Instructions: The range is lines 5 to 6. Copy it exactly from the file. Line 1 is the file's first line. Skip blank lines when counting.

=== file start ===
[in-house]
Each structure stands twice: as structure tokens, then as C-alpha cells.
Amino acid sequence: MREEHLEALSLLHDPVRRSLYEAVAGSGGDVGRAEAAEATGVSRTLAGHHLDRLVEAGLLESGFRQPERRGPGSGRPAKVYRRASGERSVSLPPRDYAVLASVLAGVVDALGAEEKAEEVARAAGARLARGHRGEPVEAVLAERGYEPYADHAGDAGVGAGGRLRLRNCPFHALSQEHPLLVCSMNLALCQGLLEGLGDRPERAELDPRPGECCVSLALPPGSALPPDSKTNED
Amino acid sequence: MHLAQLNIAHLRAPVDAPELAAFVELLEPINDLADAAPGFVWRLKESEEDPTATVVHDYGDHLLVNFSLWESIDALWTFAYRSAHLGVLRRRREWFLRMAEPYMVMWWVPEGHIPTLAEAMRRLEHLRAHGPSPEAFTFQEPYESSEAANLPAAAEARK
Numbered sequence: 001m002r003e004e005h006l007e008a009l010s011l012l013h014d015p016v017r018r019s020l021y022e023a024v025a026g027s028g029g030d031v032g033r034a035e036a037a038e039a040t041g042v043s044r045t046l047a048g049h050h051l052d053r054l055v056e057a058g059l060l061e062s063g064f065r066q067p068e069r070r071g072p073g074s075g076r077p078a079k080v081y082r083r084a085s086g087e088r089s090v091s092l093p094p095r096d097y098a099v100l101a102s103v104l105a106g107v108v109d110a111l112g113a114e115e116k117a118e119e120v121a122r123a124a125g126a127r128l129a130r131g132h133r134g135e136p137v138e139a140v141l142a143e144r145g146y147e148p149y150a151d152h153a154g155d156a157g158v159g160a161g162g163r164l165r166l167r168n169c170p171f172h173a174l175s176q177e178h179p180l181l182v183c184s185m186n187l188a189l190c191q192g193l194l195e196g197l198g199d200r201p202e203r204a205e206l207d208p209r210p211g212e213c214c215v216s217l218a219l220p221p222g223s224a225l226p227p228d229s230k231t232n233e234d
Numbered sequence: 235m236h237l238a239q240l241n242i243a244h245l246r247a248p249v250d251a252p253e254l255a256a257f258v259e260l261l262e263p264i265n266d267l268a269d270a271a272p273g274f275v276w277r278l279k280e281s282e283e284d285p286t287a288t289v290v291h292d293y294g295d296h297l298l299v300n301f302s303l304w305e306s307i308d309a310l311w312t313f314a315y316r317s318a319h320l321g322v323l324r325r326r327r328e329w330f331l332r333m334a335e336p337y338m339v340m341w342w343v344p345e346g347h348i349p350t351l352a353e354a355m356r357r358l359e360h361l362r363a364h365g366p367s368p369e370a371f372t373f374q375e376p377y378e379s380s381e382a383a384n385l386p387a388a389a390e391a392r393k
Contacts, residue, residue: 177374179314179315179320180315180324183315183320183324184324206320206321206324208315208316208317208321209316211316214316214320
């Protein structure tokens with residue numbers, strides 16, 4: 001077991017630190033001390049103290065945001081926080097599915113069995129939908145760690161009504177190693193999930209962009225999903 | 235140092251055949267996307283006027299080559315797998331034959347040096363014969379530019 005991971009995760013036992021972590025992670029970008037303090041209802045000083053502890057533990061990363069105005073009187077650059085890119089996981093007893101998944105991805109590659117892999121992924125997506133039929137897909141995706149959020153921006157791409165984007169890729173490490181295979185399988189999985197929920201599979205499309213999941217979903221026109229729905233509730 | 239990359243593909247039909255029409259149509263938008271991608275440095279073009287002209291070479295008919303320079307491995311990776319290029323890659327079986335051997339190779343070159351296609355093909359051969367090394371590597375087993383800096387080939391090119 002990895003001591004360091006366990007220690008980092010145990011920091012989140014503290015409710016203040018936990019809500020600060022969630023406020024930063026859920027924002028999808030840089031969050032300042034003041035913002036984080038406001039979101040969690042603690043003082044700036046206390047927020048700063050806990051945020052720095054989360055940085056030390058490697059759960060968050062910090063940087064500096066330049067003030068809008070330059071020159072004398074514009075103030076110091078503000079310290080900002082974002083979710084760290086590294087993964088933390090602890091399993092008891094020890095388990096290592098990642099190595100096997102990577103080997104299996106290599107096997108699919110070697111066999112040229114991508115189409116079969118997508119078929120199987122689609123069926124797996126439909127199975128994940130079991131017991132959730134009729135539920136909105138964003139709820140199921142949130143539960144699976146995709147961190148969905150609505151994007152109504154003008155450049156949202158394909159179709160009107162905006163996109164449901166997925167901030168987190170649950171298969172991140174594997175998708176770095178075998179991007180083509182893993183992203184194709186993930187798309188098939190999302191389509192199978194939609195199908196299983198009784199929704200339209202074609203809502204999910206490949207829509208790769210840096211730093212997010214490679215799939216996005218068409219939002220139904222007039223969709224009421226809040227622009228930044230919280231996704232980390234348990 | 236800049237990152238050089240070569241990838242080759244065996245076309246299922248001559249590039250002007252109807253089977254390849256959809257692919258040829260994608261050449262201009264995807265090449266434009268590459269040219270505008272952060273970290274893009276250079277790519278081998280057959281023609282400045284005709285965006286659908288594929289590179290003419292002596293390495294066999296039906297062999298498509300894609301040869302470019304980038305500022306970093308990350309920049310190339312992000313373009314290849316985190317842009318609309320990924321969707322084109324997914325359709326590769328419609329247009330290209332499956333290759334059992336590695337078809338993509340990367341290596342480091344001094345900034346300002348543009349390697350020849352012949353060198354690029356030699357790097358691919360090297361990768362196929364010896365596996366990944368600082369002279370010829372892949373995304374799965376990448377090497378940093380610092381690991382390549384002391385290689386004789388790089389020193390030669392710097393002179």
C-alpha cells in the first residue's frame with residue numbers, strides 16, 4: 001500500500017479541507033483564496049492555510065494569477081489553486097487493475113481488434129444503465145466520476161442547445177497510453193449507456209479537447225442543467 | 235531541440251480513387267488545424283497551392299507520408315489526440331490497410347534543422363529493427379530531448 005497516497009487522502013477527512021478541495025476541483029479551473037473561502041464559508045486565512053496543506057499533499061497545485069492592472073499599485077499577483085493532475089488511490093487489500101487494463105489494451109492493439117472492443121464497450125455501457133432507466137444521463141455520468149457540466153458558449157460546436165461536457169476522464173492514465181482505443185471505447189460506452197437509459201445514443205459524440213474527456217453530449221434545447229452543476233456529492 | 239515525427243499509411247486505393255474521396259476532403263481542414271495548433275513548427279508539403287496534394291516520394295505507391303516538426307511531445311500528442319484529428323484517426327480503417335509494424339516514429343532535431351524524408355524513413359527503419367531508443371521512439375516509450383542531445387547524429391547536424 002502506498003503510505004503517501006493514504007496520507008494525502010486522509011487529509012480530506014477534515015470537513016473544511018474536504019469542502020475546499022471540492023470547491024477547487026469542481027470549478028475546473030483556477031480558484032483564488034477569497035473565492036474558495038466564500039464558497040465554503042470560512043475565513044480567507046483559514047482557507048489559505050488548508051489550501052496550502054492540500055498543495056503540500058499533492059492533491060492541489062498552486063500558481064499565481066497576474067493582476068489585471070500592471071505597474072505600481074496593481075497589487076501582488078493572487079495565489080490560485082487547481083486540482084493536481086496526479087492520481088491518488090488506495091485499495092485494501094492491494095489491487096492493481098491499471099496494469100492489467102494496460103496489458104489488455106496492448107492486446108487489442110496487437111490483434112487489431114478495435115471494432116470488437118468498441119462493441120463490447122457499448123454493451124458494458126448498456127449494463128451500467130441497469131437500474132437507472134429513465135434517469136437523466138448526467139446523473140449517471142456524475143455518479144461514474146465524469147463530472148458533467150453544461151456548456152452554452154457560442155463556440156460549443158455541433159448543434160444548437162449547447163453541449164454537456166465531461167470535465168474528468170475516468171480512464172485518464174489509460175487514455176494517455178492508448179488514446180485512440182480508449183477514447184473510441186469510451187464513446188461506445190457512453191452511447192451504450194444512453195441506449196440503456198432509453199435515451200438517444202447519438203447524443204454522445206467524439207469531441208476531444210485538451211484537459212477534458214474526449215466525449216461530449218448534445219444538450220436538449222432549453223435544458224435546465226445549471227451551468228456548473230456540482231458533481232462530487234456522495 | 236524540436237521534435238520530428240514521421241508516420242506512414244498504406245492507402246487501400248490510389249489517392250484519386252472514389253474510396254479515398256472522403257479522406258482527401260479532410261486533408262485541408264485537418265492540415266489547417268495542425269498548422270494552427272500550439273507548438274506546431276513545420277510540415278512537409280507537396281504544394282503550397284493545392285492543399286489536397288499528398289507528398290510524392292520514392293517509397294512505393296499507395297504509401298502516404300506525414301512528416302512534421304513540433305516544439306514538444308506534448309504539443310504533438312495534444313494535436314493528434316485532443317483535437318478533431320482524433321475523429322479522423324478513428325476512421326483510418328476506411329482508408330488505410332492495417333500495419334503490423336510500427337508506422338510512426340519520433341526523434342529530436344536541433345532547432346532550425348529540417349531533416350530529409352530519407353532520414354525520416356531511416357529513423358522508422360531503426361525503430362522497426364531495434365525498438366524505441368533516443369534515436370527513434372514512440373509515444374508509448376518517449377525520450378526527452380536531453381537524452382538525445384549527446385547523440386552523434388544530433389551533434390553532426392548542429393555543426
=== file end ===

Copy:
Numbered sequence: 001m002r003e004e005h006l007e008a009l010s011l012l013h014d015p016v017r018r019s020l021y022e023a024v025a026g027s028g029g030d031v032g033r034a035e036a037a038e039a040t041g042v043s044r045t046l047a048g049h050h051l052d053r054l055v056e057a058g059l060l061e062s063g064f065r066q067p068e069r070r071g072p073g074s075g076r077p078a079k080v081y082r083r084a085s086g087e088r089s090v091s092l093p094p095r096d097y098a099v100l101a102s103v104l105a106g107v108v109d110a111l112g113a114e115e116k117a118e119e120v121a122r123a124a125g126a127r128l129a130r131g132h133r134g135e136p137v138e139a140v141l142a143e144r145g146y147e148p149y150a151d152h153a154g155d156a157g158v159g160a161g162g163r164l165r166l167r168n169c170p171f172h173a174l175s176q177e178h179p180l181l182v183c184s185m186n187l188a189l190c191q192g193l194l195e196g197l198g199d200r201p202e203r204a205e206l207d208p209r210p211g212e213c214c215v216s217l218a219l220p221p222g223s224a225l226p227p228d229s230k231t232n233e234d
Numbered sequence: 235m236h237l238a239q240l241n242i243a244h245l246r247a248p249v250d251a252p253e254l255a256a257f258v259e260l261l262e263p264i265n266d267l268a269d270a271a272p273g274f275v276w277r278l279k280e281s282e283e284d285p286t287a288t289v290v291h292d293y294g295d296h297l298l299v300n301f302s303l304w305e306s307i308d309a310l311w312t313f314a315y316r317s318a319h320l321g322v323l324r325r326r327r328e329w330f331l332r333m334a335e336p337y338m339v340m341w342w343v344p345e346g347h348i349p350t351l352a353e354a355m356r357r358l359e360h361l362r363a364h365g366p367s368p369e370a371f372t373f374q375e376p377y378e379s380s381e382a383a384n385l386p387a388a389a390e391a392r393k